A yowl from the plastic box at her feet made Flora look down anxiously. Was Imelda actually having kittens, or was she still just complaining about being shut up in a pet carrier on a hot summer day?'Not now, sweetie, please!' Flora implored through gritted teeth. 'Just hang on until I've got this meeting over. Then I'll find you a nice bed and breakfast where they like cats.'Aware that her pleadings were really a displacement activity, Flora picked up the yowling Imelda, hooked her handbag over her shoulder, hitched her overnight bag over her arm and went up the steps. She was slightly regretting her new shoes. They were divinely pretty with a heavenly fake peony between the toes, but not worn in and therefore killingly uncomfortable. Not one to sacrifice prettiness for comfort, Flora ignored the incipient blisters and pressed the bell. Seeing her own surname on the brass plate above it gave her a strange thrill. The family firm, and she was joining it.The door was opened by a tall woman wearing a lot of navy blue. She was a little older than Flora, and had a no-nonsense look about her which inevitably made Flora think of Girl Guides. My shoes may be not quite suitable, thought Flora, to give herself confidence, but nor is that colour in this heat. In other circumstances, Flora realised, she would yearn to do a Trinny and Susannah on her.'Hello,' said the woman, smiling professionally, 'youmust be Flora. Do come in. We're so looking forward to meeting you. Especially Charles.'Flora smiled too. 'I hope you won't mind, but I've got my cat with me. I can't leave her in the car in this heat. Apart from anything else, she's very pregnant.'A little frown appeared between the woman's eyebrows as she looked down at the box. 'Oh, well, no, I'm sure it will be fine for a short time. Although I'm terribly allergic, I'm afraid.''Oh dear. I suppose I could leave her outside the door ...' Flora bit her lip to indicate that in fact she couldn't t leave Imelda anywhere except at her feet. 'But she might have her kittens at any moment.''You'd better come in,' said the woman, her professional manner beginning to fray. 'We're in here.' She opened the door of a room which was mostly filled with a table, around which were several empty chairs.The room's sole occupant, a tall, conventionally handsome man wearing a dark suit and a very conservative tie, got up. Obviously Charles, her cousin fifteen million times removed.Not promising. Flora depended on her charm to ease her way through life and had learnt to spot the few with whom this wouldn't work. He was a classic example, she could tell; he didn't like girls with pretty shoes, strappy dresses and amusing jewellery He liked sensible girls who wore driving shoes, or plain leather courts with medium heels. His idea of good taste was a single row of real pearls with matching earrings, and possibly a bangle on special occasions.When the woman who had brought her in (displaying all these signs of proper dress sense) touched his arm and said, 'Darling, this is Flora,' Flora wasn't at all surprised to see the sapphire and diamond engagement ring on her left hand. They made the perfect County couple.'Flora,' said Charles, holding out his hand. 'How niceto meet you after all these years.' He didn't sound all that pleased.'Mm.' Flora shook the hand, smiled and nodded; she wasn't that pleased, either. She had totally reorganised her life to take a part in the family business with, she realised now, desperately inadequate research. Charles and his worthy, conventionally dressed fiancée didn't want her, wouldn't make her welcome, and her spell in the country could turn out to be horribly dull. Still, she'd made her bed, and she'd have to lie on it - at least until the sub-let on her London flat expired. 'It's very nice to meet you, too. I can't think why we haven't met before.''You spent quite a lot of your early life out of the country,' he said soberly, as if she might have forgotten.'I suppose that explains it. We did miss out on quite a lot of family weddings.' She smiled. 'Though perhaps I won't miss out on the next one?''Oh yes, haven't you two introduced yourselves? This is Annabelle, Annabelle Stapleton. My fiancée and possible future partner in the business.' His smile, though conventional, did at least prove he brushed his teeth, which was something.'How nice,' said Flora, wishing she'd made more enquiries about the business before telling that nice man of course he could have her flat for at least six months, she wouldn't be needing it.'Yes,' agreed Charles. 'Now, let's sit down and discuss your part in Stanza and Stanza.''Would anyone like a glass of water first?' suggested Annabelle.'Oh, yes please,' said Flora. 'And could I post a little to Imelda? In the box? I need to check on her anyway.' Flora delivered one of her most appealing smiles to her distant cousin, a last-ditch attempt to get him on her side. 'I wouldn't have brought her if there'd been any alternative, I assure you.''That's fine,' said Charles smoothly, almost, but not quite, concealing his impatience. Then, when the water had been dispensed and the cat seen to, he said, 'Tell me, Flora, I hope this isn't a rude question, but how much do you actually know about antiques and the auction business?'Flora took another sip of water. 'Ah well, you pick up things like that as you go along, don't you?''Do you?' asked Charles, who had, she now noticed, rather strange grey-blue eyes which, beneath his sceptical eyebrows, had the look of the North Sea in winter.'Well, yes.' Flora tried to think of a suitable phrase, to indicate she knew more than what she had gleaned from a lot of recent, frantic watching of various afternoon television programmes on the subject. 'Cheap as chips' didn't seem to apply. 'Of course,' she said airily, 'having spent so much of my youth in Europe, I'm not so up on English furniture.''But you must be au fait with all those glorious ceramics,' said Annabelle. 'I adore ceramics.'Just for a moment, Flora felt unsure what ceramics were. 'Oh, you mean china and stuff? Yes, I love it too. I collect teapots, funny ones, you know?'Charles winced visibly. 'I think we'd better get on.''Well, yes, we'd better,' said Flora rashly. 'But I do wonder if we will.''What on earth are you talking about?' said Charles. 'Now ...' He opened a file and drew out a sheaf of papers. He was not a man who would get behind with his paperwork. He had that look about him. He was a filer and a putter-into-alphabetical-order-er. It was painfully clear.'Now,' he began, 'our mutual great-uncle left things slightly awkwardly.''Did he?' asked Flora. 'I thought it was all quite straightforward. You'd already inherited forty-nine per cent from your father, and I got fifty-one per cent when Uncle Clodiodied. Clear as sixteenth-century window glass, or something. Although I realise I wouldn't normally have been expected to inherit,' she added as consolation.'Yes,' explained Charles, openly irritable now. 'But it is awkward. You own more than me. And you know nothing about the business and I've been running this auction house all my life, more or less.''Well, obviously I'm not going to sweep in here and make huge changes!' Flora made an extravagant gesture with her arms, observing at the same time that a good sweep, on the floor at least, would be a good idea. 'I want to learn about the business I'm going to be part of.'Charles and Annabelle exchanged questioning glances. 'That's encouraging,' said Charles warily, 'but it still doesn't quite settle the matter. I can't have you having more shares than I have. It doesn't make sense, on any level.'The cat yowled, possibly showing solidarity with Charles.'Sorry, I must have a peek. In case this is it.''It?''The moment when she really is going to give birth. It's her first litter, you see, and the kittens can come in about thirty minutes from when she starts. I've read all about it.'While Flora fussed with the cat she thought about her own situation. She was obviously totally unwelcome and Charles was horrible. Which was a shame - she hardly ever disliked people. She'd probably better make an alternative plan. Staying in the depths of the country with a couple who deeply resented her presence was not going to be a lot of fun. 'If it wasn't for you, Imelda,' she breathed inaudibly, 'I'd hightail it out of town right now.''Tell me,' said Charles, when Flora was again upright, sitting back in her uncomfortable chair. 'What exactly do you hope to get out of your trip down here?' The grey-blueeyes were penetrating and cold - they really were just like the North Sea. Flora felt she was being interviewed for a job for which she had no qualifications - which, in a way, she was. She struggled to remind herself that, technically at least, she was more powerful than Charles.She took a breath and didn't let herself be distracted by Imelda's yowl. 'I haven't been brought up in the business like you have, but I have known about it. I didn't expect to inherit, as I said. It was such a shock to everyone when Niccolò was killed in that car accident and even then, I never thought Uncle Clodio -- did you know him, by the way? He was lovely - would leave it to me.''No. I didn't know him.''It broke his heart when Nicki died, obviously.''It must have been terrible,' murmured Annabelle.'But really, we -- my parents and I -- were totally surprised when we heard about how he'd left things.''Then I absolve you of forcing him to change his will on his death-bed,' said Charles dryly. 'But it still leaves us in a difficult posit...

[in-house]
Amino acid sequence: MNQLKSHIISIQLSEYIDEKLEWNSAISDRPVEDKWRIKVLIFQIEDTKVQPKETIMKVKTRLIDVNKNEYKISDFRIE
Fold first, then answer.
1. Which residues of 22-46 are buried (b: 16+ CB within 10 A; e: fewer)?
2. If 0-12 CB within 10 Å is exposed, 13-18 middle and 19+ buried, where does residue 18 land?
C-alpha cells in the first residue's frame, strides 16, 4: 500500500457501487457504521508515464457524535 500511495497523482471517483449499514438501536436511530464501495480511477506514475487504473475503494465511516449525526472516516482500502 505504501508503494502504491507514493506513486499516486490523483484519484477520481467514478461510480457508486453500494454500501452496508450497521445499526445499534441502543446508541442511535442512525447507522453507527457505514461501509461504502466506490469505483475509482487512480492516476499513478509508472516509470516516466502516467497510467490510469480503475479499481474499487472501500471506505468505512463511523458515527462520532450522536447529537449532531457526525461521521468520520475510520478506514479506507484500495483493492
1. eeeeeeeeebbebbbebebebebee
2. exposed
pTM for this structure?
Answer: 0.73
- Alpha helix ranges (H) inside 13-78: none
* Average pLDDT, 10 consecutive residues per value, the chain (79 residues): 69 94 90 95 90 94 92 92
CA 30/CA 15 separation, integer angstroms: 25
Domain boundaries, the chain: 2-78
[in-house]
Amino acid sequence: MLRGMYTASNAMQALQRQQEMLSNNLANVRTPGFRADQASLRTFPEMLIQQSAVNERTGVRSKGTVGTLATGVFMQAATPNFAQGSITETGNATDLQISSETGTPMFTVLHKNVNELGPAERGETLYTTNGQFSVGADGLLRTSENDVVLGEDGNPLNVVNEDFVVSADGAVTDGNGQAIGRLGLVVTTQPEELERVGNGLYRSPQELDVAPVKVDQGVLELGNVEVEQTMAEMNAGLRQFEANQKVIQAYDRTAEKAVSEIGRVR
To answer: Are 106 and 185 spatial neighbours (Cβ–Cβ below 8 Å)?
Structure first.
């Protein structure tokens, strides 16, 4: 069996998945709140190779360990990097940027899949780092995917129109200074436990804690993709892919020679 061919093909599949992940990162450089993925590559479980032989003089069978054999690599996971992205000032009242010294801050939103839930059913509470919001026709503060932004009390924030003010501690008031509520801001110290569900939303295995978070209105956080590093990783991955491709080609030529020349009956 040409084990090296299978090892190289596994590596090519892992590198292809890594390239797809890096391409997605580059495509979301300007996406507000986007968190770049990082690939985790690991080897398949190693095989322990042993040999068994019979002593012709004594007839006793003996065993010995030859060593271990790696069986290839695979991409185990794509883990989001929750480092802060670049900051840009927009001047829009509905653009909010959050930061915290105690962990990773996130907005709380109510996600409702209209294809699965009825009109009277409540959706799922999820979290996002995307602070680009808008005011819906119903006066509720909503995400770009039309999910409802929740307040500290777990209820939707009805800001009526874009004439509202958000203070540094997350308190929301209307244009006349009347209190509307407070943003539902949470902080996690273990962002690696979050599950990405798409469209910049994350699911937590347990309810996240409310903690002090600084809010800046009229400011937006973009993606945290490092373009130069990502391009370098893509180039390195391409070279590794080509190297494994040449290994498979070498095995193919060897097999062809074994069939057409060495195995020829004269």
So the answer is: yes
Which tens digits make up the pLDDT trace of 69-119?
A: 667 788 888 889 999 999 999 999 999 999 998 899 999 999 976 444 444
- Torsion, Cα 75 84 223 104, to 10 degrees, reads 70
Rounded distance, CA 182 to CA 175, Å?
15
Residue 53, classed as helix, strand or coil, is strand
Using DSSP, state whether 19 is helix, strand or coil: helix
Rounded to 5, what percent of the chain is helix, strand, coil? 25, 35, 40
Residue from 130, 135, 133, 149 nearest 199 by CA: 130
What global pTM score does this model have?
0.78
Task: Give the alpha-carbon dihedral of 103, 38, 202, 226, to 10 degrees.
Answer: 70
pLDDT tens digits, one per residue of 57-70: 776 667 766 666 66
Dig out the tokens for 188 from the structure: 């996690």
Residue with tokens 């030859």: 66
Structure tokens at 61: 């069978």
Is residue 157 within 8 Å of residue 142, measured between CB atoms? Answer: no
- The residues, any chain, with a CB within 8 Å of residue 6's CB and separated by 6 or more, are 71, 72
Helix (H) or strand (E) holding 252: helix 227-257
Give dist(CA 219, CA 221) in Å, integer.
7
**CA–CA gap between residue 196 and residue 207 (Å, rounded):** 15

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Book Description St. Martin's Press, 2007. Hardcover. Book Condition: New. Never used!. Bookseller Inventory # P110312359632
Book Description St. Martin's Press. Hardcover. Book Condition: New. 0312359632 New Condition. Bookseller Inventory # NEW7.1023835